Monday, 19 June 2017

Trans Euro Trail - A few days notes...

I'm currently sat in a roadside cafe eating a large mixed grill, some salad and drinking coffee thinking about all the ground I've covered in the last week. mmm bikes do take you to some ace places!

Below are the notes from each day I've done so far with a bit of background at the start. (I'll apologise now as some of the pics might not match to the areas and I may well have repeated myself a few times)...


So the Romanian part of the TET is made up of a three possibilities,one that runs from Serbia to Hungary in a backwards C shape, (2296km), a second that runs from Serbia upto Ukraine, (1995km) and to be completed is the link between the Bulgaria section into either Serbia or Romania. So a few choices dependant upon time, personal preference etc etc. The route that finishes in Ukraine is shorter and not as convoluted as the Serbia/Hungary one, but this means you are missing out plenty of trails too. This may well change as the route settles down in the next few years.

For myself I wanted to start at the Ukraine border, so that any later trip could start there and then head north, I’m now gonna stick with this as a start point but go into Serbia or down into Bulgaria once I’ve ridden a fair bit of the Romanian section.

As my first week started near Carancebes riding with a few mates, I’ve ridden a fair bit around there, but not checked whether any of it was on the TET as yet. As I am waiting for Lucy, I thought I check out the parts around Sibiu & Brasov and the areas surrounding these towns. This northern section of the Romanian Carpathians, from Hungary or Ukraine heading down to Brasov, is lower in height than the Sibiu section and the weather is less extreme, so a little better for me to travel alone. All of the higest peaks in the Romanian Carpathians are here as is the famous Faragasan Pass. From the sections I’ve seen so far whilst driving the van around, none of it looks to technical so I’m happier to try to ride this alone, whereas the stuff I was doing around Carancebes I would not be happy to ride alone at all!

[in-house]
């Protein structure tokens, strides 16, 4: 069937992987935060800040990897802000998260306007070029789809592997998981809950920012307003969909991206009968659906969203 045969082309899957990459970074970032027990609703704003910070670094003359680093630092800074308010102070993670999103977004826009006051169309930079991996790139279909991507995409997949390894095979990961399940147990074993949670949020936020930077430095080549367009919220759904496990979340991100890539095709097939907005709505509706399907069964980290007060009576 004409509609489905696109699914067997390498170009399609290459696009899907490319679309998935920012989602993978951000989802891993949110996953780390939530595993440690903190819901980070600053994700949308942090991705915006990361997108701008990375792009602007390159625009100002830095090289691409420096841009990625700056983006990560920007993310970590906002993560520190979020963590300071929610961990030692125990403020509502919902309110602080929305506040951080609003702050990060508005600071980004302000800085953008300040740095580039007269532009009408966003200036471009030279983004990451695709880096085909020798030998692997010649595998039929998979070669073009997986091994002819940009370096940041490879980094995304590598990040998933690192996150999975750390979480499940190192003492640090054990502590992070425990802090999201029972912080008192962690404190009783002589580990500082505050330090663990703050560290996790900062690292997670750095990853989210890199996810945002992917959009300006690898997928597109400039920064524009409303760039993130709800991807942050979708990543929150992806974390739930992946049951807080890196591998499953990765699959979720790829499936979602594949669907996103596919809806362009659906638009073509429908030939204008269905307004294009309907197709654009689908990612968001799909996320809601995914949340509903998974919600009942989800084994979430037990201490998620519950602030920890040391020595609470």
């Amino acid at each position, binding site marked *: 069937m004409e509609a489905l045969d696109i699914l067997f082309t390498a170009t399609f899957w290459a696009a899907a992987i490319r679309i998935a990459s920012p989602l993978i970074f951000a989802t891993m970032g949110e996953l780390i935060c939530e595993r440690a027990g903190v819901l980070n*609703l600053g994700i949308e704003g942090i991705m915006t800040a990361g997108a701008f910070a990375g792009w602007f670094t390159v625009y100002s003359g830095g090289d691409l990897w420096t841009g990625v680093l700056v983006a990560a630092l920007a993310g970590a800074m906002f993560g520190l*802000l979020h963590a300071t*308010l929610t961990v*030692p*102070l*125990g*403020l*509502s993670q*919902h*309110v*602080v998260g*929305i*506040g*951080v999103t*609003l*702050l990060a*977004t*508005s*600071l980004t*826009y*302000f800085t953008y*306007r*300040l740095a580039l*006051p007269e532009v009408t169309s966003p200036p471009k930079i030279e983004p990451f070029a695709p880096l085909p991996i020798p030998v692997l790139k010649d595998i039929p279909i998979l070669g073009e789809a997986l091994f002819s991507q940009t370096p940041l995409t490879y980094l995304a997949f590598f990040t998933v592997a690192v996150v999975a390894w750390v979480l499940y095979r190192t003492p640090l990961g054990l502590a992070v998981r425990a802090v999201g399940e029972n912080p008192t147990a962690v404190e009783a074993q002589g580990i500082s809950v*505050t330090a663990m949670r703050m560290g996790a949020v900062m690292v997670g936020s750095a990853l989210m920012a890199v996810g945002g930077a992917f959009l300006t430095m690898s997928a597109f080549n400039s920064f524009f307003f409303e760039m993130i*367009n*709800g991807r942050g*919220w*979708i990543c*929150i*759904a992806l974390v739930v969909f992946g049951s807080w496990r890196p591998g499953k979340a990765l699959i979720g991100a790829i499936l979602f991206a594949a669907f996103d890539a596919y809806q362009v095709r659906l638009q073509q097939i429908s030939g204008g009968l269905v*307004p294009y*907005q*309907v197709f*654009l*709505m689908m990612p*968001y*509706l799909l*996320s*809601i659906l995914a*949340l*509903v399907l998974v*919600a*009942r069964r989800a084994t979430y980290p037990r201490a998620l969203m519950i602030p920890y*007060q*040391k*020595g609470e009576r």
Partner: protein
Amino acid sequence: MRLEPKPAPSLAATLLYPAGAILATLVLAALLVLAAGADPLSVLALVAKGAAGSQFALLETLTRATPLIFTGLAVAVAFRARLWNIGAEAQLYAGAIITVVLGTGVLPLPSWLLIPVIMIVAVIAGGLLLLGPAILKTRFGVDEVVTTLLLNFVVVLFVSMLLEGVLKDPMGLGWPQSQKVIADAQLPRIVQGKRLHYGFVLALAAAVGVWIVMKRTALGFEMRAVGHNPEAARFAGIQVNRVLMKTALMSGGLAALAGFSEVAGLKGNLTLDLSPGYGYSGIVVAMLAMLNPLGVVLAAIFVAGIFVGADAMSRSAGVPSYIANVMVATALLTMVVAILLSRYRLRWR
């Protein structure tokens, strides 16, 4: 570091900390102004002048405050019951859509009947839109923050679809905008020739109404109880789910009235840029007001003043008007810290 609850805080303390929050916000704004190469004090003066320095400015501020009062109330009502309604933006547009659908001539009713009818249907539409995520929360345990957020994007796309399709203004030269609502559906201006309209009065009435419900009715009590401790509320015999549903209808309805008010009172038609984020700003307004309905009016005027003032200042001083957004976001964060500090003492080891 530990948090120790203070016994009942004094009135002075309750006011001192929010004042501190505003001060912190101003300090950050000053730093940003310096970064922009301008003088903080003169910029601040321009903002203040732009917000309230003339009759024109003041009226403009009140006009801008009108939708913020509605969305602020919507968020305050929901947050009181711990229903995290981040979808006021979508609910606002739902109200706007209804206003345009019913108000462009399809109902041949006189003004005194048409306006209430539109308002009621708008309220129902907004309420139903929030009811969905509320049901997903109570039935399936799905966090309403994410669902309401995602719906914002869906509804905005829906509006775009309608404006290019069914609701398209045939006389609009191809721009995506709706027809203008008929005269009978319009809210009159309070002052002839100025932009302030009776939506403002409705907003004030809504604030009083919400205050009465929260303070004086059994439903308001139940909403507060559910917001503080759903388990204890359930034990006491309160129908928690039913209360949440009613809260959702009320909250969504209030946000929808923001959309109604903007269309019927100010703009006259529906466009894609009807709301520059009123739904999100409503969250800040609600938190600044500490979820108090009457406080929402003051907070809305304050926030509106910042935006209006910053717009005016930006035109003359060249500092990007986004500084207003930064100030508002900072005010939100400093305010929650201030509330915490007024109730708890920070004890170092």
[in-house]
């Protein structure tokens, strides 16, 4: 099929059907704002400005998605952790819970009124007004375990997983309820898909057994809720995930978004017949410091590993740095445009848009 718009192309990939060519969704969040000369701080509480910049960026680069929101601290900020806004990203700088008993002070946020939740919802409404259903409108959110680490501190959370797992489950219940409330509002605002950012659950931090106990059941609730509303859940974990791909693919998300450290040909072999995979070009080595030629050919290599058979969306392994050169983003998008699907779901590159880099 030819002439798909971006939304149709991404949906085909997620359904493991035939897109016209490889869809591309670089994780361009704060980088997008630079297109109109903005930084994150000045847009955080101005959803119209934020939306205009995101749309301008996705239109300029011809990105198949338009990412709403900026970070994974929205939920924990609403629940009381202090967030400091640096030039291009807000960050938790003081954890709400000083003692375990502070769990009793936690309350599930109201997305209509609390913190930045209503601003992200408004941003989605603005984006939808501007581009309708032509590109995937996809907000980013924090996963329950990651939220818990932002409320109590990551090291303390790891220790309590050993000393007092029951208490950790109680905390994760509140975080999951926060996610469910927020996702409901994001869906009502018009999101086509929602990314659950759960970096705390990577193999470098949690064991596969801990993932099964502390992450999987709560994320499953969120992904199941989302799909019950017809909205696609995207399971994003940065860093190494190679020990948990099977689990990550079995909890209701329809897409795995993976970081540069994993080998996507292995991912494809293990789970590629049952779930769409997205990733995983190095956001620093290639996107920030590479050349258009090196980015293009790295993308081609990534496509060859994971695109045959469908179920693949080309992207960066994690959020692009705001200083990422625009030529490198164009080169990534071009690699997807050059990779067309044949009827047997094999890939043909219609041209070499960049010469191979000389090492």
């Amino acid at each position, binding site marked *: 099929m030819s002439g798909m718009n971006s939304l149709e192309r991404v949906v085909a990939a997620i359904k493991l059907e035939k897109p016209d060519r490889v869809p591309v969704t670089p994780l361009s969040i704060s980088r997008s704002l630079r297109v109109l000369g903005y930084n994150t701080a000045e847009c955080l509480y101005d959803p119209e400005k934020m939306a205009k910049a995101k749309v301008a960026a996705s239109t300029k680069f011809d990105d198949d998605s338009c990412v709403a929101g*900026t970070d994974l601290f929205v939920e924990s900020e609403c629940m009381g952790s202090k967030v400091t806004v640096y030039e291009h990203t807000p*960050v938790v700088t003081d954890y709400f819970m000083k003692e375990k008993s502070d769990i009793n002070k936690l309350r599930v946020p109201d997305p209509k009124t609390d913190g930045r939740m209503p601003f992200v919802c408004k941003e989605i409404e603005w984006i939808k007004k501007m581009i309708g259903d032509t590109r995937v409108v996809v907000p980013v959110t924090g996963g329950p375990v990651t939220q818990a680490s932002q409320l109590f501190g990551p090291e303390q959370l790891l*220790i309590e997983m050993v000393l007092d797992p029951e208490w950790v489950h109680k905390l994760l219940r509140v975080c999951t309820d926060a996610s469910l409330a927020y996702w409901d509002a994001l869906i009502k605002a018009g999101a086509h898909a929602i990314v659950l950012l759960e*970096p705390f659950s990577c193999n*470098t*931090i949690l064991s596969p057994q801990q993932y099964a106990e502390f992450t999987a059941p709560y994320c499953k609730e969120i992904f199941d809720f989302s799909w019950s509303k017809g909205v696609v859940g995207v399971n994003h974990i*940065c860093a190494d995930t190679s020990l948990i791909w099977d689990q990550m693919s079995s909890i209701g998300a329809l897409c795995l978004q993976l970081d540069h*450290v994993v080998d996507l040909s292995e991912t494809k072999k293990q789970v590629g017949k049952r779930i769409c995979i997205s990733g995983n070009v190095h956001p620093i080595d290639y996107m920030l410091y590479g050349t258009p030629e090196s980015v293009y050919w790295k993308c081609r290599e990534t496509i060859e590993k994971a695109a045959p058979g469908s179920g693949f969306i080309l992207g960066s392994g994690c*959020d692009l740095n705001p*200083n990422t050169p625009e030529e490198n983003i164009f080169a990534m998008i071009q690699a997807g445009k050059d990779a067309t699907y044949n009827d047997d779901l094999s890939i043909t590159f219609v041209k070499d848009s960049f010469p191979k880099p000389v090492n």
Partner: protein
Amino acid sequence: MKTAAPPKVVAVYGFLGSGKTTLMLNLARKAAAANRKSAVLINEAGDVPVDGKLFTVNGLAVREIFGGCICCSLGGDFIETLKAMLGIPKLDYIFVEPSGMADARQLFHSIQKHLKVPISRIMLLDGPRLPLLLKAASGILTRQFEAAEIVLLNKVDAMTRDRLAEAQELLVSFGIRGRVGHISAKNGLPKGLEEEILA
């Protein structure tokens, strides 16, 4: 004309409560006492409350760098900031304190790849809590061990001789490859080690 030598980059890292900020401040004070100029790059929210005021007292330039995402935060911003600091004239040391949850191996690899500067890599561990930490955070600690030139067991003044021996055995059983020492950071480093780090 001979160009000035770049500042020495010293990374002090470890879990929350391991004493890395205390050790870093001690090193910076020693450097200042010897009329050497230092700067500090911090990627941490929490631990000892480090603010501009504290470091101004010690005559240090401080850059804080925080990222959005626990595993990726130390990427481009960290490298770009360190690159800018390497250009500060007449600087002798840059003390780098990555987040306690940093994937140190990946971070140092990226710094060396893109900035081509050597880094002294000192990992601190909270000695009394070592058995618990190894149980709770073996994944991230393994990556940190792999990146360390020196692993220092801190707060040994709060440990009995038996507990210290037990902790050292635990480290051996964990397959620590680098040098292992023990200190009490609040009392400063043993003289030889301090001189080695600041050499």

12 June 2017
At the moment I’m sat in an unknown valley, with a dirt road running by the side of a river. There is evidence of some severe flooding, which I’d hazard a guess at comes in the spring with the snow melt from the 2000m+ mountains all around here.


For the last week I’ve ridden some tough trails in the mountains around Caransebes with a few mates from the UK. Absolutely beautiful mountains, rolling away into the distance, plenty of tough terrain, lots of rolling summits and ridges, steep ascents/descents, it’s got the lot! My UK mates have now all gone home and I’m killing time until Lucy turns up. I’m travelling in our van, mostly just looking at the TET trails so far that are accessible with such a big vehicle and every now and then I'll get the bike out for a ride out. For tonight, this campsite is a gem, you couldn’t find better, there is good flat ground, plenty of driftwood for a fire, easy access and almost no people, except for the odd car going by to somewhere to do something important no doubt!

I’ve just finished washing some bike kit in the river, I’ve opened the olives and the wine I bought earlier in the day and am now just sitting and reflecting on my first time in Romania.

It’s very much a land of contrasts, the people are lovely, generally chatty and smiley, certainly in the mountain areas anyway, the cities are the same as everywhere else, abrupt and in a hurry, so less tolerant as well. One one hand, I have driven past some flocks of sheep being driven up a lane, usually by guys, one younger, one older. Sometimes with a horse and cart, other times with a mule but just as often with nothing else except the big dogs. The guys are curious as they see my number plate and maybe do not recognise it, so they stare and wonder... I for my part, wave, try to say hi or nod in some way, but the lack of common language is an impediment. This morning I drove through a village, I stopped to take a photo of a beautiful church with mosaics painted all over the walls and was hailed by an old toothless and smiley guy who turned out to be the town drunk at a guess. Somehow I ended up giving him a lift up the village to his house, despite it not even being in the direction I wanted to go... still, he chatted, we both understood not a word of the other, but his gratitude at the lift was heart warming, even if the kiss on my hand was a little odd!